Capacitor Charging and Discharging Experiment Parts and Materials
To do this experiment, you will need the following:
Large-value capacitors are required for this experiment to produce time constants slow enough to track with a voltmeter and stopwatch.
Be warned that most large capacitors are of the “electrolytic” type, and they are polarity sensitive! One terminal of each capacitor should be marked with a definite polarity sign.
Usually, capacitors of the size specified to have a negative (-) marking or series of negative markings pointing toward the negative terminal.
Very large capacitors are often polarity-labeled by a positive (+) marking next to one terminal.
Failure to heed proper polarity will almost surely result in capacitor failure, even with a source voltage as low as 6 volts.
When electrolytic capacitors fail, they typically explode, spewing caustic chemicals and emitting foul odors. Please, try to avoid this!
I recommend a household light switch for the “SPST toggle switch” specified in the parts list.
In this experiment, we will aim to learn about the following concepts:
Charging and Discharging Circuit Schematic Diagram
Illustration of the Experiment
Measuring Voltage of Your Circuit
Build the “charging” circuit and measure voltage across the capacitor when the switch is closed.
Notice how it increases slowly over time, rather than suddenly as would be the case with a resistor.
You can “reset” the capacitor back to a voltage of zero by shorting across its terminals with a piece of wire.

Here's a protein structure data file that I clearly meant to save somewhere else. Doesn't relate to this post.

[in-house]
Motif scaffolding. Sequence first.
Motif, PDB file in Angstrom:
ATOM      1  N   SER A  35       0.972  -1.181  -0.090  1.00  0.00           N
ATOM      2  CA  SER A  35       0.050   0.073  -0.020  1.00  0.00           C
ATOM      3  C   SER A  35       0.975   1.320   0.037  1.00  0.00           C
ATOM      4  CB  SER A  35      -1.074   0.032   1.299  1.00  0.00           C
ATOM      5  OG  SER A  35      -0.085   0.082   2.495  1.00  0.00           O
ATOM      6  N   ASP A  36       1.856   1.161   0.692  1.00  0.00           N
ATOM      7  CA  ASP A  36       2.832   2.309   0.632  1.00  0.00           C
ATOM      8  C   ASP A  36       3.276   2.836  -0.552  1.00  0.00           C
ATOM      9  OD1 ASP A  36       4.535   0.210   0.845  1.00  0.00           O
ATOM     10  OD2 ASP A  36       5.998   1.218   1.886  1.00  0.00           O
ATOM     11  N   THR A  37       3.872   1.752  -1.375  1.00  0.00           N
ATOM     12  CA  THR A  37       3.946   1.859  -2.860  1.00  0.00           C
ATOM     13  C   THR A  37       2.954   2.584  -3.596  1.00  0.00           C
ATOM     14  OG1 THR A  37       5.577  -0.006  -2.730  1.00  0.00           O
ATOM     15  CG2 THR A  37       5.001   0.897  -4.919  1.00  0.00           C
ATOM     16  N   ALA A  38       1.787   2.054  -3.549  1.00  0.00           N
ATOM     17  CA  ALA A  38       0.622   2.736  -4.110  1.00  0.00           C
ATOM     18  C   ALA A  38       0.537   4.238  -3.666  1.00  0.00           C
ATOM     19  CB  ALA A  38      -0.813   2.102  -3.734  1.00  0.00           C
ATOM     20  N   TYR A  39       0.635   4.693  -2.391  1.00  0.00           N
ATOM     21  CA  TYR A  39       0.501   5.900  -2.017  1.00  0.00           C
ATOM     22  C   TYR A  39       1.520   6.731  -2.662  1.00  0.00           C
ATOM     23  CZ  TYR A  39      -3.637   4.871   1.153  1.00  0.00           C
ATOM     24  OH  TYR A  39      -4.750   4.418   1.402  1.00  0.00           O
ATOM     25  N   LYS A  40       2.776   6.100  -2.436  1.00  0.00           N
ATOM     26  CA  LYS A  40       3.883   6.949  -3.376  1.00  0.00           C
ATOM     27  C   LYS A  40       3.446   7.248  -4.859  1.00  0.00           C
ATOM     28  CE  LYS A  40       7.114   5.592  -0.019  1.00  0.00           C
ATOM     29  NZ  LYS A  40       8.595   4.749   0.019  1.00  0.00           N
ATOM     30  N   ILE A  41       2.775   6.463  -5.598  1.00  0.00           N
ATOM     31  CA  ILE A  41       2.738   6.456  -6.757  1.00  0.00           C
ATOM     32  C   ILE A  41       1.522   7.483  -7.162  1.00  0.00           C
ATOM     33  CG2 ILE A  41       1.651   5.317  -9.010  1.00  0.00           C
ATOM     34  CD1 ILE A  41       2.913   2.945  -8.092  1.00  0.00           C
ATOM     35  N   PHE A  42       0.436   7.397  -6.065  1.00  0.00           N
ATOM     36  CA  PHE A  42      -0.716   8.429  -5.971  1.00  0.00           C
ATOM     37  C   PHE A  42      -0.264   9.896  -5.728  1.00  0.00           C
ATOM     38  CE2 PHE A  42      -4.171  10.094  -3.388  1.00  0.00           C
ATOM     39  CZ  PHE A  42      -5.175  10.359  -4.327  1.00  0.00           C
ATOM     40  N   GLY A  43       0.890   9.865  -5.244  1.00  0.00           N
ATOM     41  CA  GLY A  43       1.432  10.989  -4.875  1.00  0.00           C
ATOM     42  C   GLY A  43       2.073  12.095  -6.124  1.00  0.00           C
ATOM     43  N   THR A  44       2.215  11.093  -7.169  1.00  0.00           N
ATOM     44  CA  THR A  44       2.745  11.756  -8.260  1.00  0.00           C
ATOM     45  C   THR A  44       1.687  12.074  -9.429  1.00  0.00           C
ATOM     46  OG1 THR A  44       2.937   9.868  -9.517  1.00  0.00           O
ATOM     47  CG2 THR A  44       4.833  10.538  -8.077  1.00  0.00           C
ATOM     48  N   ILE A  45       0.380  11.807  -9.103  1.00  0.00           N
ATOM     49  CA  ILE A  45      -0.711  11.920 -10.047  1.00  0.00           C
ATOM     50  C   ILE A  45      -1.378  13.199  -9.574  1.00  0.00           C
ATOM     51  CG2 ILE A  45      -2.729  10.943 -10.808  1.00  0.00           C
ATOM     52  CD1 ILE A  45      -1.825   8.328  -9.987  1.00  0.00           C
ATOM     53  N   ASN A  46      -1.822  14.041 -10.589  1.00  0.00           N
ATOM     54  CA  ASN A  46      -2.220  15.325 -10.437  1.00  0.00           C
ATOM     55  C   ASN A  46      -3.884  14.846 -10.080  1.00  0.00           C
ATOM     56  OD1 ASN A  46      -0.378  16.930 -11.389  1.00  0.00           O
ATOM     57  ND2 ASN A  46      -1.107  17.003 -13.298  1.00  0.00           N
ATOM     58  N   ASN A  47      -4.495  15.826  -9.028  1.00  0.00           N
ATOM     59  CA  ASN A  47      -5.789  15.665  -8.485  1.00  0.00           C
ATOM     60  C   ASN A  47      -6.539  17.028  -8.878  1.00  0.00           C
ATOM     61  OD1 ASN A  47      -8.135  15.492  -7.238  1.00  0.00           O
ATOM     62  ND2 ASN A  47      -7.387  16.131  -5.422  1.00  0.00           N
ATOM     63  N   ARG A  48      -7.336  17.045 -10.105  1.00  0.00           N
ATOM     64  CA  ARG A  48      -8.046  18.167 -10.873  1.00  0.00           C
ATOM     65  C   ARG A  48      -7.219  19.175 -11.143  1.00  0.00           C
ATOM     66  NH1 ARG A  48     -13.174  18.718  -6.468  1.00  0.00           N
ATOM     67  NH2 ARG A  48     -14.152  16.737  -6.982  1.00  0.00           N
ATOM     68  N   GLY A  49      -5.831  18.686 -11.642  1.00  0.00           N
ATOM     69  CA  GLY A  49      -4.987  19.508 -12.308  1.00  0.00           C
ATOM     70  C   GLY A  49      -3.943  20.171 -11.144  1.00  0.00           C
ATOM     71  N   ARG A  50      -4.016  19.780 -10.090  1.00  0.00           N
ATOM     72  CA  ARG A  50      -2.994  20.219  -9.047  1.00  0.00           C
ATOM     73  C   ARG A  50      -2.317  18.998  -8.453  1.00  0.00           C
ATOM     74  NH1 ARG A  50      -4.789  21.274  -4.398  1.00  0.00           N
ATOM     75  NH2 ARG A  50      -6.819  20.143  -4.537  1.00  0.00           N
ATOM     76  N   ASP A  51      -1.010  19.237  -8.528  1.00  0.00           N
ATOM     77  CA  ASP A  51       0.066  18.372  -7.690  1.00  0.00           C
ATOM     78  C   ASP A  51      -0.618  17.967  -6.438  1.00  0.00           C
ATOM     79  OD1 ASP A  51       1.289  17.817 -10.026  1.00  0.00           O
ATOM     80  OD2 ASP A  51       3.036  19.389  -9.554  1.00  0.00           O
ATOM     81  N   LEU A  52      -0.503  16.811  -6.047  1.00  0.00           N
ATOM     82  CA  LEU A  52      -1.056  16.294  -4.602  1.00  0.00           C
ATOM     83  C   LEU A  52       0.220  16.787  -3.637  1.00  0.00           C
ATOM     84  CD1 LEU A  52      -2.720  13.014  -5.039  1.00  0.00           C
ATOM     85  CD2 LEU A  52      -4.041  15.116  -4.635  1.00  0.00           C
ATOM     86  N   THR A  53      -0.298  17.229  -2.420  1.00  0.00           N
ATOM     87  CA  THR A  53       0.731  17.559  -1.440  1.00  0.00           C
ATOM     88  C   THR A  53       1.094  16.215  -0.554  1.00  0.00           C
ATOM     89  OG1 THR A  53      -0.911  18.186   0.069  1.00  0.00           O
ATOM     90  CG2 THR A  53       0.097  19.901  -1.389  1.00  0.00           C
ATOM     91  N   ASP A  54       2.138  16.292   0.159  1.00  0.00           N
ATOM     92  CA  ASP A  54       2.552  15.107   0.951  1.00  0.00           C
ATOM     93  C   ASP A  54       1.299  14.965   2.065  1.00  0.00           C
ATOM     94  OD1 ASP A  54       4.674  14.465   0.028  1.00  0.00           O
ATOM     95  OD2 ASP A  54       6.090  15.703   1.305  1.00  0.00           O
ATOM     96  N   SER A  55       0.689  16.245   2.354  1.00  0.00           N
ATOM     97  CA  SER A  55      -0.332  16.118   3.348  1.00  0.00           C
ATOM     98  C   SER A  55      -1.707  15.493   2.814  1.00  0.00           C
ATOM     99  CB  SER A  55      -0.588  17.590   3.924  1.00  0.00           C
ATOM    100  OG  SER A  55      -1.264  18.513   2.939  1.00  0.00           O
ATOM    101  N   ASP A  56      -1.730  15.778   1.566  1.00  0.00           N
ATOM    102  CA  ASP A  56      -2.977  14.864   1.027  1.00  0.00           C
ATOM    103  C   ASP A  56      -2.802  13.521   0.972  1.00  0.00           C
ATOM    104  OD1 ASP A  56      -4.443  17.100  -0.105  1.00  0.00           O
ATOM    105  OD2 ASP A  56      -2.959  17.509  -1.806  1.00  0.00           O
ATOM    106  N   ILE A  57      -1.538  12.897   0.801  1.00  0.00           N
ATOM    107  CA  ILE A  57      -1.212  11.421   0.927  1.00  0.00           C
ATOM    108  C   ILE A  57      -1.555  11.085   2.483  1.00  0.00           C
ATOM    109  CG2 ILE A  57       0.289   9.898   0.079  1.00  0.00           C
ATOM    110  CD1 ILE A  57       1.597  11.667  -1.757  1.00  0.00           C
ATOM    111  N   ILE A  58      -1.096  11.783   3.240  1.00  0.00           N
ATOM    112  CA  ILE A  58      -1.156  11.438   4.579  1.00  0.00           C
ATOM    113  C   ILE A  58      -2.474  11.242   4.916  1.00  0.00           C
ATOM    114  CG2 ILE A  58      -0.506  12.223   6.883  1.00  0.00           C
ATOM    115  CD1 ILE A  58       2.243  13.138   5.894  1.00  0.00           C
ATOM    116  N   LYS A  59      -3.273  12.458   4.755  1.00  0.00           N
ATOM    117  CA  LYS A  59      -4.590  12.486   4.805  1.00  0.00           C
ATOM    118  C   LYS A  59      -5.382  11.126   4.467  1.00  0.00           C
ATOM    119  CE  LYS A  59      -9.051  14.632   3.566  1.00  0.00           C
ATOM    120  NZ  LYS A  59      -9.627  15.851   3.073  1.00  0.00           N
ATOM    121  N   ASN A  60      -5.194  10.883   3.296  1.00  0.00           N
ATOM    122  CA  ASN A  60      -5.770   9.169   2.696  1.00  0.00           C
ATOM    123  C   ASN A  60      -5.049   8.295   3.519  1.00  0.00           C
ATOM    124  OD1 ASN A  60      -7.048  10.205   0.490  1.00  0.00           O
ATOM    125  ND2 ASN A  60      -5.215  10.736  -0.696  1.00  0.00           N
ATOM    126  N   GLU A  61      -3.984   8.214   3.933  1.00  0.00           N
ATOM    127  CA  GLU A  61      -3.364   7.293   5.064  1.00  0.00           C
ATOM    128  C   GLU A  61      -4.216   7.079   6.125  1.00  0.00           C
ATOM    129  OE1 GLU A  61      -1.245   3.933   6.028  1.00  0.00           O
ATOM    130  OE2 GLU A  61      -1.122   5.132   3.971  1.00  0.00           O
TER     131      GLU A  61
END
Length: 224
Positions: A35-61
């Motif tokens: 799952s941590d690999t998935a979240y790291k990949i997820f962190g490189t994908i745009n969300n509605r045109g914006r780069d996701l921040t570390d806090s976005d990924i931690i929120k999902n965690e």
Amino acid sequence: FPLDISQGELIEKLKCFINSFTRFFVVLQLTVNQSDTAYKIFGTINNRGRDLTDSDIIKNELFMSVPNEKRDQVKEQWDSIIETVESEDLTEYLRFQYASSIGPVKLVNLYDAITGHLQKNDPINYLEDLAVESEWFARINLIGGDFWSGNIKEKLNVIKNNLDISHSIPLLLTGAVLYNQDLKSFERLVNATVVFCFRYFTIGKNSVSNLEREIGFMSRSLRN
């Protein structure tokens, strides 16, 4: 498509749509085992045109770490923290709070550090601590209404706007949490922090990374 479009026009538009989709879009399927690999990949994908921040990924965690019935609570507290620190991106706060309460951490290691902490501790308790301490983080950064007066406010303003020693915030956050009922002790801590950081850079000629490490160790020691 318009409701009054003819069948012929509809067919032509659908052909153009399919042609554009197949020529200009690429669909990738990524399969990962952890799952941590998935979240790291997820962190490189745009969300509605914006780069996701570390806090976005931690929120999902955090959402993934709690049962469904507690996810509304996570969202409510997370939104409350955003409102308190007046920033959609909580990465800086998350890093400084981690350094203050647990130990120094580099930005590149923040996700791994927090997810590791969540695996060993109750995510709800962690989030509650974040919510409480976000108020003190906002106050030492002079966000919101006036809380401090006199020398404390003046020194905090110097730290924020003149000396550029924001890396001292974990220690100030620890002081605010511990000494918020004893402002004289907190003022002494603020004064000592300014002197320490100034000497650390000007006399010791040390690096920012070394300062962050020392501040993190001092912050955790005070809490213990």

The “time constant” (τ) of a resistor-capacitor circuit is calculated by taking the circuit resistance and multiplying it by the circuit capacitance.
For a 1 kΩ resistor and a 1000 µF capacitor, the time constant should be 1 second. This is the amount of time it takes for the capacitor voltage to increase approximately 63.2% from its present value to its final value: the voltage of the battery.
It is educational to plot the voltage of a charging capacitor over time on a sheet of graph paper, to see how the inverse exponential curve develops.
In order to plot the action of this circuit, though, we must find a way of slowing it down. A one-second time constant doesn’t provide much time to take voltmeter readings!
Changing a Circuit’s Time Constant
We can increase this circuit’s time constant two different ways:
Given a pair of identical resistors and a pair of identical capacitors, experiment with various series and parallel combinations to obtain the slowest charging action.
You should already know by now how multiple resistors need to be connected to form a greater total resistance, but what about capacitors?
This circuit will demonstrate to you how capacitance changes with series and parallel capacitor connections.
Just be sure that you insert the capacitor(s) in the proper direction: with the ends labeled negative (-) electrically “closest” to the battery’s negative terminal!
The discharging circuit provides the same kind of changing capacitor voltage, except this time the voltage jumps to full battery voltage when the switch closes and slowly falls when the switch is opened.
Experiment once again with different combinations of resistors and capacitors, making sure as always that the capacitor’s polarity is correct.
Schematic with SPICE node numbers:
Netlist (make a text file containing the following text, verbatim):
Capacitor charging circuit v1 1 0 dc 6 r1 1 2 1k c1 2 0 1000u ic=0 .tran 0.1 5 uic .plot tran v(2,0) .end
by Sam Holland
by Jake Hertz
by Luke James
by Luke James
In Partnership with Future Electronics